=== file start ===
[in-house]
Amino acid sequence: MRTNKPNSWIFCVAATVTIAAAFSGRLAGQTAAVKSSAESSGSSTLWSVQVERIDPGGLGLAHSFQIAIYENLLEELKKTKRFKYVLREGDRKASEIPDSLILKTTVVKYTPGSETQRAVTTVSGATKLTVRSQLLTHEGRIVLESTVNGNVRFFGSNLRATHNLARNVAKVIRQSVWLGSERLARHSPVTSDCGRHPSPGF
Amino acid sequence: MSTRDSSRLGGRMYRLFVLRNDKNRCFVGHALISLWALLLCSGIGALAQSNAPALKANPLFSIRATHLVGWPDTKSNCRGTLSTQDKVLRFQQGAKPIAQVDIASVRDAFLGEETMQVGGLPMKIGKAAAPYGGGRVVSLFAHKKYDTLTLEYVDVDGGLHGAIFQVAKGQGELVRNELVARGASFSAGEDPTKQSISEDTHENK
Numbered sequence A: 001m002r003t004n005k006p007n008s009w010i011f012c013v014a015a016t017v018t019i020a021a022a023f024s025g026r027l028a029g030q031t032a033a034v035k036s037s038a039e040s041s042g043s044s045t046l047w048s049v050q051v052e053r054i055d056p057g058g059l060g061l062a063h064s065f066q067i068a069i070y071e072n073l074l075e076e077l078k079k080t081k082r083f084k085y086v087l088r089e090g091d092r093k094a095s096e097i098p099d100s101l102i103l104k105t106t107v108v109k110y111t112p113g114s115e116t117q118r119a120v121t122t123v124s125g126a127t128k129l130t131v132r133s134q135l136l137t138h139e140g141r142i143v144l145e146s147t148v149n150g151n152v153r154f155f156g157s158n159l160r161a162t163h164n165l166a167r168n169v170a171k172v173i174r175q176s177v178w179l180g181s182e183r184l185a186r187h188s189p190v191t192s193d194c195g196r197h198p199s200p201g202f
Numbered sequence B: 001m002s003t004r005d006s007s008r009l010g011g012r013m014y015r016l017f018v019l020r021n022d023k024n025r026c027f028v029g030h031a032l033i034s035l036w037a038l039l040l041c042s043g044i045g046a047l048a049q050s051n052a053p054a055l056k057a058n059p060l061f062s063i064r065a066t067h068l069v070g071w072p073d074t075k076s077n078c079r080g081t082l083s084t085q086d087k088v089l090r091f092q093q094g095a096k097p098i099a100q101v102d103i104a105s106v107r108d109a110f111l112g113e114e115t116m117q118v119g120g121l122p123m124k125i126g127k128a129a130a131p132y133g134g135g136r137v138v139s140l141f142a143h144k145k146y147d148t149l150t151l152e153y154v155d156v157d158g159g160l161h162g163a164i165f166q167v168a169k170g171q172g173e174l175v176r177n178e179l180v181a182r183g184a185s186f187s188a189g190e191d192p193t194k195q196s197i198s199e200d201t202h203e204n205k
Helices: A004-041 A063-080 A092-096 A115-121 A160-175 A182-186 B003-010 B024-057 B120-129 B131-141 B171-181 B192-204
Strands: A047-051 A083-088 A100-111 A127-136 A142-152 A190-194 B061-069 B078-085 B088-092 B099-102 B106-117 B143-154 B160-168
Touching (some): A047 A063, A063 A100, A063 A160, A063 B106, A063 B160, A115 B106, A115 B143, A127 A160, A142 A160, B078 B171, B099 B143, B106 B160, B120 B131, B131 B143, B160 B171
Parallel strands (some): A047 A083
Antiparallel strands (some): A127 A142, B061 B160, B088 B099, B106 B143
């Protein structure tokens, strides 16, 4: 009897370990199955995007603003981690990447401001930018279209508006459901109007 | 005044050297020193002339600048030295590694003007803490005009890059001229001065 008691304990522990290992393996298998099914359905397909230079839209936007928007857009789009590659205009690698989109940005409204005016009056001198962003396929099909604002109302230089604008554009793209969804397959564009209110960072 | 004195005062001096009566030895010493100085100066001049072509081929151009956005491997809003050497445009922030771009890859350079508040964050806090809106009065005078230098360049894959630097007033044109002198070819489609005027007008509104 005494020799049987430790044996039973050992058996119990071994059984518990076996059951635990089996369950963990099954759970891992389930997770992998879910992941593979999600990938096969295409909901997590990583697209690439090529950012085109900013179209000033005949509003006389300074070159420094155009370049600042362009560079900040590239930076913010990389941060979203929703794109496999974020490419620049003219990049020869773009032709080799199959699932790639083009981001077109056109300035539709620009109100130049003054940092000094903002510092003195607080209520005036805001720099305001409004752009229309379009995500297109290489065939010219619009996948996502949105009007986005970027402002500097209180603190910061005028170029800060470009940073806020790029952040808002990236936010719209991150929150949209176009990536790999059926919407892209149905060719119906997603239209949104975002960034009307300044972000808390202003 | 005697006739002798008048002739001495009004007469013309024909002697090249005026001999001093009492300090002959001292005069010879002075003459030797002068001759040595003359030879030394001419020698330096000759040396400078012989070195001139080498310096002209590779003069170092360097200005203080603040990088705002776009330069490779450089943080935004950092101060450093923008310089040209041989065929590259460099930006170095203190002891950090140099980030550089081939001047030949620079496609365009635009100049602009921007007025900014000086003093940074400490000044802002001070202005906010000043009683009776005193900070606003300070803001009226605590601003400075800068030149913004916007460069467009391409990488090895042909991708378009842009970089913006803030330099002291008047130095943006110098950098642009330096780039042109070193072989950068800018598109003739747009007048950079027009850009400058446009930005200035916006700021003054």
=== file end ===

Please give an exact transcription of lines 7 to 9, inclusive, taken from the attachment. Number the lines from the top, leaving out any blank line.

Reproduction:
Strands: A047-051 A083-088 A100-111 A127-136 A142-152 A190-194 B061-069 B078-085 B088-092 B099-102 B106-117 B143-154 B160-168
Touching (some): A047 A063, A063 A100, A063 A160, A063 B106, A063 B160, A115 B106, A115 B143, A127 A160, A142 A160, B078 B171, B099 B143, B106 B160, B120 B131, B131 B143, B160 B171
Parallel strands (some): A047 A083